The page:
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Two Criminals

  • GM Gserper
  • | Sep 22, 2013
  • | 15231 views
  • | 26 comments

Every chessplayer who likes to fianchetto his king's bishop in the opening quickly learns the value of this bishop. It is the main (and in some cases the only) defender of his king. As my first coach used to say, pointing at my Bg7 in the Dragon variation of the Sicilian Defense: "As long as this guy is alive, you are not going to get checkmated!" In some cases you might want to sacrifice some material rather then allow the trade of your fianchettoed bishop. (We discussed this subject here.)

Now let's look at the next position:

We have a textbook example of a 'good knight' versus a 'bad bishop', so the knight shouldn't be traded for the bishop, right?  From the other side, Bf6 is a fianchettoed bishop which is supposed to protect his king, and therefore shouldn't be traded. Does it mean that the trade 18.Nxf6 is bad for both players? Laughing

After the move 18.Nxf6+ was played, GM Eduard Gufeld (who was a big fan of the King's Indian bishop) came to Kasparov and said:

"Criminal!"

"Who?" asked Kasparov.

"Both of you!" answered Gufeld.

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Eduard Gufeld (1936-2002)

In his notes to the game, Kasparov says that at that point he found Gufeld's joke amusing, but at the end of the game he was wondering if Gufeld was right indeed and all Black's problems started with the trade of his fianchettoed bishop.

Nevertheless, there is a common and well-known situation where a trade of the fianchettoed bishop for a knight is fully justified. Robert James Fischer was one of the first who made this unusual trade typical:


Yes, after the trade Black's kingside gets weaker and in the game Fischer had to withstand a very dangerous attack. But look at those ugly, isolated c3 and c4 pawns on the open c-file; they were completely doomed! 

One of the greatest positional players of all times, Tigran Petrosian, also liked the idea:



And then another world champion embraced the unusual trade:


I have to confess that when I studied this idea I was very skeptical at first. You cannot erase the years of the Sicilian Dragon experience that easily! Yet, at the end I was converted:

This memorable game brought me the final GM norm (and the title!) as well as allowed our team to win silver Olympic medals!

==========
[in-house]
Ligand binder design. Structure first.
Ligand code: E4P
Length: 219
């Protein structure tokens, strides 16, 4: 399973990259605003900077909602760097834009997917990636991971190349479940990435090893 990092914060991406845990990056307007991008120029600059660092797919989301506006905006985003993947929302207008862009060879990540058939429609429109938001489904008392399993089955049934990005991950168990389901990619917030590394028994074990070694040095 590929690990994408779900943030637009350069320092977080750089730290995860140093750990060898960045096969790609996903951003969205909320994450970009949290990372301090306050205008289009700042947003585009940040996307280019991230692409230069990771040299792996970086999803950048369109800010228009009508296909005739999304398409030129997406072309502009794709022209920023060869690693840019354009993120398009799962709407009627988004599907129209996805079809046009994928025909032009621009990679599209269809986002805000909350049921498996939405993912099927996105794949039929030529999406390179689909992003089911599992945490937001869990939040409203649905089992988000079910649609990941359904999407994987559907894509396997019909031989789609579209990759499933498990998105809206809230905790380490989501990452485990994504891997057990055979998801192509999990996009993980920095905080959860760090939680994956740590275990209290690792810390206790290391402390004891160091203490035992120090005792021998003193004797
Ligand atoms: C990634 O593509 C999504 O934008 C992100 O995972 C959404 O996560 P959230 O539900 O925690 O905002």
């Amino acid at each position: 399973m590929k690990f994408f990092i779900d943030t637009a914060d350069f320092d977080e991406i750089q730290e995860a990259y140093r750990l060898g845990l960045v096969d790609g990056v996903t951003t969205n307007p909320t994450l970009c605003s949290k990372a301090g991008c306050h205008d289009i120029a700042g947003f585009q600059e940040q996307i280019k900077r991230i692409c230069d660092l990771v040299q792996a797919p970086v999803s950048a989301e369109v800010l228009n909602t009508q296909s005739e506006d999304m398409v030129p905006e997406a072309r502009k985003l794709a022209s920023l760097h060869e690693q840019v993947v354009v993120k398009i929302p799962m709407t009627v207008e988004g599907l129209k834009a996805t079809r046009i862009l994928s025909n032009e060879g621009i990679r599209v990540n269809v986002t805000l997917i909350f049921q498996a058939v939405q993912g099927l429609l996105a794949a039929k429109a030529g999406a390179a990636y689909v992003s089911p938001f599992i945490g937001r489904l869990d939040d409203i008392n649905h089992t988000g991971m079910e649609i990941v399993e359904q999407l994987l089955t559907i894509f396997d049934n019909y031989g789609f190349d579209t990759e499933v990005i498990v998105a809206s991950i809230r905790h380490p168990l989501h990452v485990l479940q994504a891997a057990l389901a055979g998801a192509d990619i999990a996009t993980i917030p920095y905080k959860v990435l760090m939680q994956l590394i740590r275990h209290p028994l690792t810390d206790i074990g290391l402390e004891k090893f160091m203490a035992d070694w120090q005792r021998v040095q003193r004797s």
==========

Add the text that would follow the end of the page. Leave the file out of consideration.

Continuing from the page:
This interesting but double-edged idea should be in the tool kit of every chessplayer!


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Comments


  • 10 months ago

    welboy

    The best way to learn endings, as well as openings, is from the games of the masters.

  • 13 months ago

    kamalakanta

    Hi! I found one more example of this exchange of the fianchettoed bishop, and the example is from....Tal!

    The King's Indian Defense was one of Tal's main weapons as Black. Game 6 of his 1960 WC match with Botvinnik is proof enough.

    In the early 70's Tal underwent a Reinassance, as it were. He went through 81 games or so without being defeated!

    One game from this period of a more "positional" Tal struck me as unique when I first played through the diagram position given on page 409 of Tal's book, "The Life and Games of Mikhail Tal".

    When I read this article, I remembered seeing a similar theme in Tal's book, but it took me a while to find it! Here is the diagram from the game Timman-Tal, Tallin 1973:

    Amazing! Notice how White's bishop had no play after the exchange, as both diagonals were closed....

    Another great example of this theme!

    Kamalakanta

  • 13 months ago

    kamalakanta

    Hi, holycrossplayer...this is true, so the compensation for exchanging the bishop should be a permanent damage to the opponent's pawn structure.

  • 13 months ago

    holycrossplayer

    The thing about these games is that there may have been other factors causing them to win or lose apart from just sacrificing the bishop.  We need additional commentaries on the games themselves.  We get the point though: sacrificing the fianchettoed bishop isn't necessarily a bad thing.